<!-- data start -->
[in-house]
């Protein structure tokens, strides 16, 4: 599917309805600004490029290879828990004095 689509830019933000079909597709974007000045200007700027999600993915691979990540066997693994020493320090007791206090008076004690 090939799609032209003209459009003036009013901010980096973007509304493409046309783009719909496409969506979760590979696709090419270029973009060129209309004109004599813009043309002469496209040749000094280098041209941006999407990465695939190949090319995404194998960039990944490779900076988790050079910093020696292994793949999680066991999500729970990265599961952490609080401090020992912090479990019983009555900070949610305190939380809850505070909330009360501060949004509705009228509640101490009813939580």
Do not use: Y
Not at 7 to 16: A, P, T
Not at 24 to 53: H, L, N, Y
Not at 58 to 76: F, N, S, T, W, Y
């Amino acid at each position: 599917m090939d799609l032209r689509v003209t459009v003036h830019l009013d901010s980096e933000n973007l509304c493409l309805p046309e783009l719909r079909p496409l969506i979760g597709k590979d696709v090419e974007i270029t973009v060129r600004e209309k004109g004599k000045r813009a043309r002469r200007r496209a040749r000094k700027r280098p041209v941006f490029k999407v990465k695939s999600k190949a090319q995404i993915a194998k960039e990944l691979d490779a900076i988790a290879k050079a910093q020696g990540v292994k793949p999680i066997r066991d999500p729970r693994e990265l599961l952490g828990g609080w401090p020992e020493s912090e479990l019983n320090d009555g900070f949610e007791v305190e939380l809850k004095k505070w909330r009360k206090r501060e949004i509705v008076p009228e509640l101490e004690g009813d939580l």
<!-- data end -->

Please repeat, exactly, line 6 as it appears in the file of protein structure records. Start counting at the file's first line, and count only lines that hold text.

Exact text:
Not at 58 to 76: F, N, S, T, W, Y